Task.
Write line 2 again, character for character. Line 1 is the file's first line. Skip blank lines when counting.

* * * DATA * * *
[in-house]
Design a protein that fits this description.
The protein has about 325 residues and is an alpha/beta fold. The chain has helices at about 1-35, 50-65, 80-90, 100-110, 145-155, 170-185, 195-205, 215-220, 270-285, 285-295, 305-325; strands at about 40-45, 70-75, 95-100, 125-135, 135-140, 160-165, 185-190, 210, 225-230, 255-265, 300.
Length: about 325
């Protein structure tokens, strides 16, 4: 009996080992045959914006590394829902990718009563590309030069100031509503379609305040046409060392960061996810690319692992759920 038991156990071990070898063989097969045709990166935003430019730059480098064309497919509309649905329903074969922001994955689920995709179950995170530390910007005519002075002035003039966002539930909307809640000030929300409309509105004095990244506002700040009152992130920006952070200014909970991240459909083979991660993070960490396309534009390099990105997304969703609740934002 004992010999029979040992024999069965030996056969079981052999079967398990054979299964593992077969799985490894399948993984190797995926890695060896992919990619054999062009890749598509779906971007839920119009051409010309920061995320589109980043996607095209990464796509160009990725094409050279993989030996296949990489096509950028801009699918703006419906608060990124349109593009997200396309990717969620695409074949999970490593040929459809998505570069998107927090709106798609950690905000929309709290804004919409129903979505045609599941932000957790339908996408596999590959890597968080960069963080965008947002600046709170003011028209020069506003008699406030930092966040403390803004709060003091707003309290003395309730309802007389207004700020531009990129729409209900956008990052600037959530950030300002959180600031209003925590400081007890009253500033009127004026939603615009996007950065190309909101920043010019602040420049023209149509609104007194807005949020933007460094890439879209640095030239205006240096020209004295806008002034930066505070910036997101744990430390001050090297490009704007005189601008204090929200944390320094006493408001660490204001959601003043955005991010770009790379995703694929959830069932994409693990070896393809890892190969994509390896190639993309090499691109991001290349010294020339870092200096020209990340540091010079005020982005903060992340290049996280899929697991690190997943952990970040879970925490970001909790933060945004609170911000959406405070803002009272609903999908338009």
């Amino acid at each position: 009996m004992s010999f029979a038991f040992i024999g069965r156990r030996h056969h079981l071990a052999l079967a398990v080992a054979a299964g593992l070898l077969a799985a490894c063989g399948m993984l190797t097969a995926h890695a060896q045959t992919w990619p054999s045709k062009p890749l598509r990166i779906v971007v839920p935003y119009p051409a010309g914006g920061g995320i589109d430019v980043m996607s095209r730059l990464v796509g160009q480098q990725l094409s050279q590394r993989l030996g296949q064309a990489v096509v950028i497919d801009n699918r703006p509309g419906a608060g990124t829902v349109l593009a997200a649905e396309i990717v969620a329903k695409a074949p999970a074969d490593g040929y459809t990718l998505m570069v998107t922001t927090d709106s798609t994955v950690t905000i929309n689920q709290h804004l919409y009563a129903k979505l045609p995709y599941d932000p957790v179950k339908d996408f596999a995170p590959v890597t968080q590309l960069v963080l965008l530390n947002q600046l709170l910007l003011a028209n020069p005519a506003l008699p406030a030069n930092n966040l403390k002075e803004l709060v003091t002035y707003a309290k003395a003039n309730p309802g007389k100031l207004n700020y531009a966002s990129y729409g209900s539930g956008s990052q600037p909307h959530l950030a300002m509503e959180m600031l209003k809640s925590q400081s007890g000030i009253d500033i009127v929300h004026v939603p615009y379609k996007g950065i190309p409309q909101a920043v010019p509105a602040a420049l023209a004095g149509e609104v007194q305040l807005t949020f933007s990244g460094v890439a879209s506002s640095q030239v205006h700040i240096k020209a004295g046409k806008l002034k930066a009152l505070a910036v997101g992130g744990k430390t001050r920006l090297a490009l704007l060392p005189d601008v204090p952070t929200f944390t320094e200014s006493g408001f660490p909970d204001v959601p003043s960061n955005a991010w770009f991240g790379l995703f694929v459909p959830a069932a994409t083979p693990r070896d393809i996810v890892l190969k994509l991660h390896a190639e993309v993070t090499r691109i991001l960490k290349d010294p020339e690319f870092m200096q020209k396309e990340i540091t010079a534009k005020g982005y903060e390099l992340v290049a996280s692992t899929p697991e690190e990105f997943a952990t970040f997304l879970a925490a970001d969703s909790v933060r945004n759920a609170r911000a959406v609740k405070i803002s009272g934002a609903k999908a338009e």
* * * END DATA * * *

Design a protein that fits this description.